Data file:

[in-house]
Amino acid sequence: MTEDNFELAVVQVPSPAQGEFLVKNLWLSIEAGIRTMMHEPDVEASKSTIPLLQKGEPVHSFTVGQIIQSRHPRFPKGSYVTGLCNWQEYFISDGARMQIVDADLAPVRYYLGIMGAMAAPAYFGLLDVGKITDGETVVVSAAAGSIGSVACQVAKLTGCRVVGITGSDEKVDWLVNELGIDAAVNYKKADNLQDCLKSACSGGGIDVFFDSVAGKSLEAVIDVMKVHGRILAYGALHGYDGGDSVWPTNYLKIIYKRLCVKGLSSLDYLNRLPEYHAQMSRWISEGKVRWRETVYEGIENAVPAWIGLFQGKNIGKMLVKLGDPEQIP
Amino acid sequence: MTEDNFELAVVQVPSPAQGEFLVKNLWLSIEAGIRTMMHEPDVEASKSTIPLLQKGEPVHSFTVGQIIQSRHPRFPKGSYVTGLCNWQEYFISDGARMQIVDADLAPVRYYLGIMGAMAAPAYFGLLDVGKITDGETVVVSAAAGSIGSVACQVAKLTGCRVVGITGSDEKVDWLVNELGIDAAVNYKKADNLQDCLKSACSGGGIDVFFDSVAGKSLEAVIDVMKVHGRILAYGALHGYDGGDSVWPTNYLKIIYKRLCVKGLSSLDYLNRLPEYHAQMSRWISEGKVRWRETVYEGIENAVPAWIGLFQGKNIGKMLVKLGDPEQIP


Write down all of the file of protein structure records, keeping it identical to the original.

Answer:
[in-house]
Amino acid sequence: MTEDNFELAVVQVPSPAQGEFLVKNLWLSIEAGIRTMMHEPDVEASKSTIPLLQKGEPVHSFTVGQIIQSRHPRFPKGSYVTGLCNWQEYFISDGARMQIVDADLAPVRYYLGIMGAMAAPAYFGLLDVGKITDGETVVVSAAAGSIGSVACQVAKLTGCRVVGITGSDEKVDWLVNELGIDAAVNYKKADNLQDCLKSACSGGGIDVFFDSVAGKSLEAVIDVMKVHGRILAYGALHGYDGGDSVWPTNYLKIIYKRLCVKGLSSLDYLNRLPEYHAQMSRWISEGKVRWRETVYEGIENAVPAWIGLFQGKNIGKMLVKLGDPEQIP
Amino acid sequence: MTEDNFELAVVQVPSPAQGEFLVKNLWLSIEAGIRTMMHEPDVEASKSTIPLLQKGEPVHSFTVGQIIQSRHPRFPKGSYVTGLCNWQEYFISDGARMQIVDADLAPVRYYLGIMGAMAAPAYFGLLDVGKITDGETVVVSAAAGSIGSVACQVAKLTGCRVVGITGSDEKVDWLVNELGIDAAVNYKKADNLQDCLKSACSGGGIDVFFDSVAGKSLEAVIDVMKVHGRILAYGALHGYDGGDSVWPTNYLKIIYKRLCVKGLSSLDYLNRLPEYHAQMSRWISEGKVRWRETVYEGIENAVPAWIGLFQGKNIGKMLVKLGDPEQIP